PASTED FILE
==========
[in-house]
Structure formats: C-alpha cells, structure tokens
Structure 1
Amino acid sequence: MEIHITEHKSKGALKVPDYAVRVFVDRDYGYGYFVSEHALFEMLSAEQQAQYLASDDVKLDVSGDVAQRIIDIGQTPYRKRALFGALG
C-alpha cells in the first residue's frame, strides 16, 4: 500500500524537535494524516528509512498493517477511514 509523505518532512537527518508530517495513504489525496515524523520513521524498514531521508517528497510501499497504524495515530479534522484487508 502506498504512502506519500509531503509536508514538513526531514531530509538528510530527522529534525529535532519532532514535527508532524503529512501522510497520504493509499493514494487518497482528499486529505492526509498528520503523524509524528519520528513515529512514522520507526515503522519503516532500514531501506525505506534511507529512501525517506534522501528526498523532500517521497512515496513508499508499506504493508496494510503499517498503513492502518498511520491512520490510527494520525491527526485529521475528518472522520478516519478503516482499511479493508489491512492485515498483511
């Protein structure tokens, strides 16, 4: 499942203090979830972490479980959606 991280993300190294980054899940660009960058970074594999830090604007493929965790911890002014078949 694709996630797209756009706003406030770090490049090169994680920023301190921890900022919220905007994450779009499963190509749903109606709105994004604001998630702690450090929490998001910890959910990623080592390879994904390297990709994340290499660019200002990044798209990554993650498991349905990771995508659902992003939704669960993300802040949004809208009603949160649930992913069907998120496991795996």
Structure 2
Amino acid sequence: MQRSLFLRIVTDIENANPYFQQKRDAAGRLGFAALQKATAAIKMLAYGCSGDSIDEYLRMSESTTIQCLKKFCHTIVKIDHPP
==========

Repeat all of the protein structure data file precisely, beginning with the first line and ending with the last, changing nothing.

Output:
[in-house]
Structure formats: C-alpha cells, structure tokens
Structure 1
Amino acid sequence: MEIHITEHKSKGALKVPDYAVRVFVDRDYGYGYFVSEHALFEMLSAEQQAQYLASDDVKLDVSGDVAQRIIDIGQTPYRKRALFGALG
C-alpha cells in the first residue's frame, strides 16, 4: 500500500524537535494524516528509512498493517477511514 509523505518532512537527518508530517495513504489525496515524523520513521524498514531521508517528497510501499497504524495515530479534522484487508 502506498504512502506519500509531503509536508514538513526531514531530509538528510530527522529534525529535532519532532514535527508532524503529512501522510497520504493509499493514494487518497482528499486529505492526509498528520503523524509524528519520528513515529512514522520507526515503522519503516532500514531501506525505506534511507529512501525517506534522501528526498523532500517521497512515496513508499508499506504493508496494510503499517498503513492502518498511520491512520490510527494520525491527526485529521475528518472522520478516519478503516482499511479493508489491512492485515498483511
């Protein structure tokens, strides 16, 4: 499942203090979830972490479980959606 991280993300190294980054899940660009960058970074594999830090604007493929965790911890002014078949 694709996630797209756009706003406030770090490049090169994680920023301190921890900022919220905007994450779009499963190509749903109606709105994004604001998630702690450090929490998001910890959910990623080592390879994904390297990709994340290499660019200002990044798209990554993650498991349905990771995508659902992003939704669960993300802040949004809208009603949160649930992913069907998120496991795996």
Structure 2
Amino acid sequence: MQRSLFLRIVTDIENANPYFQQKRDAAGRLGFAALQKATAAIKMLAYGCSGDSIDEYLRMSESTTIQCLKKFCHTIVKIDHPP